This one passed under my radar in January, but has some potentially interesting implications for people working to minimize the negative effects of wind farms on wildlife and humans, in that the developer agreed to shut turbines down at night, at least temporarily. In December, a Federal court halted construction of the Beech Ridge wind farm in West Virginia, because Indiana Bats, officially listed Endangered Species, live nearby, and the developers had not obtained the necessary Incidental Take Permits that govern activities that may impact such species. In a settlement announced in January, Beech Ridge Energy, a subsidiary of Invenergy, agreed to forego construction of 24 turbines closest to the bat caves, while receiving approval to operate the 40 turbines that are already constructed, to complete construction of 27 more, and to move forward on planning for an additional 33 units (though the units not yet constructed may not begin operating until the ITP is received).
Most strikingly, the company agreed that all operational turbines will be shut down at night from April to November 15, when the bats are out and about. During the hibernation season, from mid-November through March, the turbines can operate around the clock. Future operating conditions, including the need for night-time curtailments, will be subject to the determination of the US Fish and Wildlife Service Incidental Take Permits. Noise is not the issue here, but rather bat mortality near wind turbines, likely caused by rapid changes in air pressure.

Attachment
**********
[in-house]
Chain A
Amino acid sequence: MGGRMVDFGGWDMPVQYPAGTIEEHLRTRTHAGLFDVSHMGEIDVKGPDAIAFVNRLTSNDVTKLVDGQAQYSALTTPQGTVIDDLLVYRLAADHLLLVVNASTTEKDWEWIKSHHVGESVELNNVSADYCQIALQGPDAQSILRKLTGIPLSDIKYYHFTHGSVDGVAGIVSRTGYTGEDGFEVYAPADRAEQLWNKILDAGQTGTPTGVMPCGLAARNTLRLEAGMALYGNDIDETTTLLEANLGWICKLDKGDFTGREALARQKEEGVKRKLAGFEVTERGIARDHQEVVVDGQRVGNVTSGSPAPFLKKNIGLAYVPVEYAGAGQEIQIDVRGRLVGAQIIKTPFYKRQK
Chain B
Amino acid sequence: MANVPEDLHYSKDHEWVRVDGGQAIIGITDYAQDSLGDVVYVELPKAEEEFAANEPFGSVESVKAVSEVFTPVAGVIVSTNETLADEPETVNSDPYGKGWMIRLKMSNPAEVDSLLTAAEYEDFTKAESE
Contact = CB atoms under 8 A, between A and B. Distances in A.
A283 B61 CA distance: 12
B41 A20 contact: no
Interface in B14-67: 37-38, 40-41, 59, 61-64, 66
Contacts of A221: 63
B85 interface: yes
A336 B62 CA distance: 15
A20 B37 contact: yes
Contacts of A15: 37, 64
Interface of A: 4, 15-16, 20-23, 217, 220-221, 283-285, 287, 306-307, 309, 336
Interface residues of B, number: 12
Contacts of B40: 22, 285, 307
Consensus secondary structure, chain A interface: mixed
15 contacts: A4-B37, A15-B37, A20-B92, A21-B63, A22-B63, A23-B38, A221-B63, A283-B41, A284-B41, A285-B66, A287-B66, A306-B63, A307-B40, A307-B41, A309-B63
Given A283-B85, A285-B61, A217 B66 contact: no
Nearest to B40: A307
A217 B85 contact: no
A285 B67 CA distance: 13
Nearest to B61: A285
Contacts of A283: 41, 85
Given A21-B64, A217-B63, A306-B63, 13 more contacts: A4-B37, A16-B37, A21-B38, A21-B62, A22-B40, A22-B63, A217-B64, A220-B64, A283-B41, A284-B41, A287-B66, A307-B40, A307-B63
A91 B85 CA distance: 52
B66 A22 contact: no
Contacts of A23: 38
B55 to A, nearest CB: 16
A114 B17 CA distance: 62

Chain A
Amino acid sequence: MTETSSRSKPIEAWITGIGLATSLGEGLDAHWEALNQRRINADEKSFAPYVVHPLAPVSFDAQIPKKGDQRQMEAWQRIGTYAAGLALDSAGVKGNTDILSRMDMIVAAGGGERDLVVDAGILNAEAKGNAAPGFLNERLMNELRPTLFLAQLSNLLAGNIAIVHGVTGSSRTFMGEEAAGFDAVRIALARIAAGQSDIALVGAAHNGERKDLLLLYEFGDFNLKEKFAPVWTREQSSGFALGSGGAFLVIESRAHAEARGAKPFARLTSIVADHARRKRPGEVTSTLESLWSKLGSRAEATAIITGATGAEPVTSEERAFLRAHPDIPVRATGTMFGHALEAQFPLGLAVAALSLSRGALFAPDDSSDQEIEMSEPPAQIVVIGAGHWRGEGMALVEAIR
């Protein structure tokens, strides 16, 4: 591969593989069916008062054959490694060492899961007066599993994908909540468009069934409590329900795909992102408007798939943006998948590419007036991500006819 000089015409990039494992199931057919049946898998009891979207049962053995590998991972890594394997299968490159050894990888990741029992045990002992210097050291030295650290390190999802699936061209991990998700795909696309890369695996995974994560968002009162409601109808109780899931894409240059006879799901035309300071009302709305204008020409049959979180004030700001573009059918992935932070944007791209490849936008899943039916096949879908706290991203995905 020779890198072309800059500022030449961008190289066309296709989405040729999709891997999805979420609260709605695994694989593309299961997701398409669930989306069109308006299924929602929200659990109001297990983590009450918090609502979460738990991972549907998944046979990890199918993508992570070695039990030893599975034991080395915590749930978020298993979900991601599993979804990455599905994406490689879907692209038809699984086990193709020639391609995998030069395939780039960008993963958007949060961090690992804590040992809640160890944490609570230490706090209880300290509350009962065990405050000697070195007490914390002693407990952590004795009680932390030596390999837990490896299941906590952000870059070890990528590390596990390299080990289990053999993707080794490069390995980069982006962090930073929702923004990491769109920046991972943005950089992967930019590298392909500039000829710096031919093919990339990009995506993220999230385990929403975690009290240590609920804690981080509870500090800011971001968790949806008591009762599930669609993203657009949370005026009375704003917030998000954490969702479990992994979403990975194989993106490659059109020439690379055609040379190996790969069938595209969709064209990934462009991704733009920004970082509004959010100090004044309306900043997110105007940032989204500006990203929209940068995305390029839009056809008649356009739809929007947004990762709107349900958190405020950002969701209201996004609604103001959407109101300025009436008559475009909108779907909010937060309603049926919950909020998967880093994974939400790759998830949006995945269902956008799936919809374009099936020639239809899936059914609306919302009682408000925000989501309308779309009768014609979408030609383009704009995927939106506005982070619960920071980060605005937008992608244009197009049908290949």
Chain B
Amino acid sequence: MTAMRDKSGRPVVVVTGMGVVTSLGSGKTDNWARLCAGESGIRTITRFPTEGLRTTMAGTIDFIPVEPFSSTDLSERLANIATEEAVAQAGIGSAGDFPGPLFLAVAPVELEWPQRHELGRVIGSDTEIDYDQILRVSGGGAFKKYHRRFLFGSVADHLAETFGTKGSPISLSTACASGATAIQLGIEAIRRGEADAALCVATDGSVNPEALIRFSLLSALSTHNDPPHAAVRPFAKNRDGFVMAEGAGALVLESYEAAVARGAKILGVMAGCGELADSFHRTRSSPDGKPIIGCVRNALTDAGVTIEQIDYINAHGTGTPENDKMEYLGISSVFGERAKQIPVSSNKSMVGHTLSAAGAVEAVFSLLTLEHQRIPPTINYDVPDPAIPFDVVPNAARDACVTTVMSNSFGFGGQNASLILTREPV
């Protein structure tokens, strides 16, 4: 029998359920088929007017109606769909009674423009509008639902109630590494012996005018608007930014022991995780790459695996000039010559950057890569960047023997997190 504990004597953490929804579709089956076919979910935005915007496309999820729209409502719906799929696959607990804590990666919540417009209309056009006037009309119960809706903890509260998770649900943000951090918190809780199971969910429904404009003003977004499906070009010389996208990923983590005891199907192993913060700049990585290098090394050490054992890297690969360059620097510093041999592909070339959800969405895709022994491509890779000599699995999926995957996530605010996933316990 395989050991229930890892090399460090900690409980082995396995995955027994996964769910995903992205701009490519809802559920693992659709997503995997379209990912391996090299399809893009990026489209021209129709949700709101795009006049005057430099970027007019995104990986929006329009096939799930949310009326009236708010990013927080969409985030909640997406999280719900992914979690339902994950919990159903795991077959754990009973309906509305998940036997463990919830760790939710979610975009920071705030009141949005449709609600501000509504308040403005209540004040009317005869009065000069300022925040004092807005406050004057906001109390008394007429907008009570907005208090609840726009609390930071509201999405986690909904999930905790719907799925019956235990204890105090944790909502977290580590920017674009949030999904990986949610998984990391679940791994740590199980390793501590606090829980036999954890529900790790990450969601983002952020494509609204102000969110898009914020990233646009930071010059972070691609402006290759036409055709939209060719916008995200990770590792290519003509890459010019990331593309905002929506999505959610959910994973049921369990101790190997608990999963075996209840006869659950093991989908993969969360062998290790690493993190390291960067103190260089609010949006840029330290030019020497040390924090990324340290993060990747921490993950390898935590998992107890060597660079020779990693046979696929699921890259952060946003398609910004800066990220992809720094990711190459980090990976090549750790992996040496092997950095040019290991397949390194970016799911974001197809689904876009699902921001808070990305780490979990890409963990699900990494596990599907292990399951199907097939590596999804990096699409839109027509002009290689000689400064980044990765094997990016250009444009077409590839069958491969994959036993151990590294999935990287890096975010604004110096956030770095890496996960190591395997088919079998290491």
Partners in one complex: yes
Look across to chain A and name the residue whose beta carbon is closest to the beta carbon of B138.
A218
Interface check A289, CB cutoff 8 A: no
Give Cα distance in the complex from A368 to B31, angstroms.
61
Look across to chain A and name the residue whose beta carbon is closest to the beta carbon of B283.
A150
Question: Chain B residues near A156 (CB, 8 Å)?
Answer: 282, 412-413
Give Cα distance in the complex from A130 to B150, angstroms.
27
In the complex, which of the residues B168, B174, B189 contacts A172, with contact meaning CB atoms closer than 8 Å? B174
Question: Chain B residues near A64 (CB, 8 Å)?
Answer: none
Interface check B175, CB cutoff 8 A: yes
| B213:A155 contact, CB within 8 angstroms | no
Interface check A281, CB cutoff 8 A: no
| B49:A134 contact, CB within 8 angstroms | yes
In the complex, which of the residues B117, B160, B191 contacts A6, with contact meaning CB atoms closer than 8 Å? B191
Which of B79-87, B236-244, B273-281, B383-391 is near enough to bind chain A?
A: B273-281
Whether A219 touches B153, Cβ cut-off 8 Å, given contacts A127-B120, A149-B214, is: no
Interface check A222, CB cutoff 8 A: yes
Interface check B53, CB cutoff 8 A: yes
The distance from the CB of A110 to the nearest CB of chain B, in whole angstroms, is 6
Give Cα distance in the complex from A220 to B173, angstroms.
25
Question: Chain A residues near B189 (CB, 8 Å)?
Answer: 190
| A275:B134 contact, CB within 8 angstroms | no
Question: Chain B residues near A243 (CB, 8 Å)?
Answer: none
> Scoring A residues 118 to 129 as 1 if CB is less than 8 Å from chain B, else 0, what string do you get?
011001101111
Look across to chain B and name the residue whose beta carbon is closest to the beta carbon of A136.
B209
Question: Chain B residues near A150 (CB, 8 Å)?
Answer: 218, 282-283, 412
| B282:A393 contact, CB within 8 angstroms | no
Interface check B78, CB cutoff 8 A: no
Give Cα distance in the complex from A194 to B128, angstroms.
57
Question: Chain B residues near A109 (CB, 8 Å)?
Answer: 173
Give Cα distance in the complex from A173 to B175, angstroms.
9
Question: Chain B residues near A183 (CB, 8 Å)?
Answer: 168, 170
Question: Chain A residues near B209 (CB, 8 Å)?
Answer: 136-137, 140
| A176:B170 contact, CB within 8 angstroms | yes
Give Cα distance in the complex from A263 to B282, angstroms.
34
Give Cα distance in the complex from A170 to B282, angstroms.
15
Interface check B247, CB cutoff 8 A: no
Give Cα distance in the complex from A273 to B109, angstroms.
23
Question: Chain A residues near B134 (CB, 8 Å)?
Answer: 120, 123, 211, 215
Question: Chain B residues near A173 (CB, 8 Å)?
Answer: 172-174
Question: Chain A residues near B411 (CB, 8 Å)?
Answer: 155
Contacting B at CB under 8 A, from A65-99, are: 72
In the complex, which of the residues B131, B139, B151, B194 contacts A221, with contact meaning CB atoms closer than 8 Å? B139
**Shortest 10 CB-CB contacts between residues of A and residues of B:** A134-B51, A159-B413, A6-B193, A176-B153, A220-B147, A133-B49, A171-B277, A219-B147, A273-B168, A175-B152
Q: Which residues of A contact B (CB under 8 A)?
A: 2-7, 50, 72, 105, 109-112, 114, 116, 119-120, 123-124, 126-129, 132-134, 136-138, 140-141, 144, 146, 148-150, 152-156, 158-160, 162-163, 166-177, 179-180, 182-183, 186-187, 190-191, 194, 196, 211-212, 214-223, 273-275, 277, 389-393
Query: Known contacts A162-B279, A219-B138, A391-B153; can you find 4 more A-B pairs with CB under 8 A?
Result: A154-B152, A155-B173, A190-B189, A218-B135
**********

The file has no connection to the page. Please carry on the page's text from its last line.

It is encouraging to see the viability of operational restrictions being experimented with, and accepted by both industry and environmental groups as a way forward through a contentious issue. Indiana Bats are not known to travel in the area of the wind farm, though the proximity of their caves suggests they may; monitoring done by the company was challenged in the lawsuit as insufficient. Ongoing acoustic surveys will help clarify how common they are, and the USFWS may decide that night time restrictions are unnecessary. As part of this settlement, the company agreed not to appeal the judge’s decision, and the environmental plaintiffs agreed not to appeal the eventual ITP decision by USFWS.
Happy talk all around after the agreement: Dave Burhman, spokesman for MCRE, said, “We believe our actions have sent a vitally needed message to the wind industry as a whole. Renewable energy projects do not get a pass on existing laws designed to protect endangered species and the natural environment. And although industrial wind turbines will now spin atop some of Greenbrier County’s highest ridges, they will forever be banned on those ridges in closest proximity to endangered Indiana bat caves.” And Joe Condo, general counsel for the company, agreed that “We are very pleased to have reached an agreement that allows us to move forward with creating clean, renewable energy in Greenbrier County while at the same time meeting the goals of important wildlife conservation efforts.